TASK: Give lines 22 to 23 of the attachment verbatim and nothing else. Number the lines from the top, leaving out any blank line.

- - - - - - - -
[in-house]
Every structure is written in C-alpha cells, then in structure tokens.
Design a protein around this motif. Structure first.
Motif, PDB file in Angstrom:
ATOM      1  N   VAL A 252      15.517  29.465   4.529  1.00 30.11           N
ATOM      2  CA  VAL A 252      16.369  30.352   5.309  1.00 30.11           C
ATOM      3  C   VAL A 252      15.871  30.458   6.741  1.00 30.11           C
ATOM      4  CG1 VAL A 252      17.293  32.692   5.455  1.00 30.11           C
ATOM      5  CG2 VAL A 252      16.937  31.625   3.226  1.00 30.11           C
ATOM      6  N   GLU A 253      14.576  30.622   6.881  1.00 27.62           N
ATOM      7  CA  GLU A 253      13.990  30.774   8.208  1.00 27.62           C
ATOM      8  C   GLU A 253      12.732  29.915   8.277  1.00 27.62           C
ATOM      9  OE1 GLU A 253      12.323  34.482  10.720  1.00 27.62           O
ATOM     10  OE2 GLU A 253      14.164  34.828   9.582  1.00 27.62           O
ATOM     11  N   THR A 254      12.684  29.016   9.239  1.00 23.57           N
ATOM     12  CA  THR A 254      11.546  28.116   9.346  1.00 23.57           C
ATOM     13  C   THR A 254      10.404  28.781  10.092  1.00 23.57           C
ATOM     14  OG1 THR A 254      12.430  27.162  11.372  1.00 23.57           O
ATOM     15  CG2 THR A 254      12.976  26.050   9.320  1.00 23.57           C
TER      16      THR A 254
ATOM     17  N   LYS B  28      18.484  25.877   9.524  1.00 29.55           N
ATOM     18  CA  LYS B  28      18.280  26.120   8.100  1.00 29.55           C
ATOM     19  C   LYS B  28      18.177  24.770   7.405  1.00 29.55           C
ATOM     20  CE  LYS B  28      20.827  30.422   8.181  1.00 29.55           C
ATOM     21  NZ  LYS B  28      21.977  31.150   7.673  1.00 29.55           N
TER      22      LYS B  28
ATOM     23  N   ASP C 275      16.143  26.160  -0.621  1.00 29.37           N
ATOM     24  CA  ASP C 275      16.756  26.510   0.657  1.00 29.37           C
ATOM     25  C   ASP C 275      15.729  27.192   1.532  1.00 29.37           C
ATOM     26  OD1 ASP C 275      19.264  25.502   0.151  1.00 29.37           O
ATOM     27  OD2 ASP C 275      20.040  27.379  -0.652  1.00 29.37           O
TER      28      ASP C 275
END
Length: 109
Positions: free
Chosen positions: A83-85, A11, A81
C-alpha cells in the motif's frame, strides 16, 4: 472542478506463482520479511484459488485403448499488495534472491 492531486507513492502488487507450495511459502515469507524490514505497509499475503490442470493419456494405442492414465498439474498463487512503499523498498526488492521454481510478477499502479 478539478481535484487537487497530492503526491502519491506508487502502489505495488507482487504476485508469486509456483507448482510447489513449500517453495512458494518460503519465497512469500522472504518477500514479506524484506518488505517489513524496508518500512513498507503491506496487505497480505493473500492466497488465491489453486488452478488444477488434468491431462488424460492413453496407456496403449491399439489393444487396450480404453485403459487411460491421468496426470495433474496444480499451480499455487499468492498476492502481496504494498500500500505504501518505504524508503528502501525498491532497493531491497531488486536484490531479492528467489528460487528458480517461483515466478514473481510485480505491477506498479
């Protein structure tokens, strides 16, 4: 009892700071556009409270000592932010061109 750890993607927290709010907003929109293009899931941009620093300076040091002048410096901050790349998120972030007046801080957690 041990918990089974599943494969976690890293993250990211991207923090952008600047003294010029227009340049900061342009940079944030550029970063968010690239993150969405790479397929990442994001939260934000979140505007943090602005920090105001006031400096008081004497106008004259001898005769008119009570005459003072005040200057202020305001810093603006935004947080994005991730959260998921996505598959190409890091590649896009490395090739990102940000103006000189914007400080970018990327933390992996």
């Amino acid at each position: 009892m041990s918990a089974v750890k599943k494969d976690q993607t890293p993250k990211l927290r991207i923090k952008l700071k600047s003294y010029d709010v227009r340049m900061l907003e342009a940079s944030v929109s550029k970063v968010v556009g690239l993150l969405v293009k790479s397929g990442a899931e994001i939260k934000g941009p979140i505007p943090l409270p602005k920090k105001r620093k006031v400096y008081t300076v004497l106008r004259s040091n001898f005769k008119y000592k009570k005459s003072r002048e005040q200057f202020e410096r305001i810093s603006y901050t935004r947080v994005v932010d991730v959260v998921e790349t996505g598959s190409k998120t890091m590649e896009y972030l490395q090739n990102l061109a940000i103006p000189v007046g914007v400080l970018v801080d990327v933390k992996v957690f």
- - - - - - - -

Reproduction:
ATOM     18  CA  LYS B  28      18.280  26.120   8.100  1.00 29.55           C
ATOM     19  C   LYS B  28      18.177  24.770   7.405  1.00 29.55           C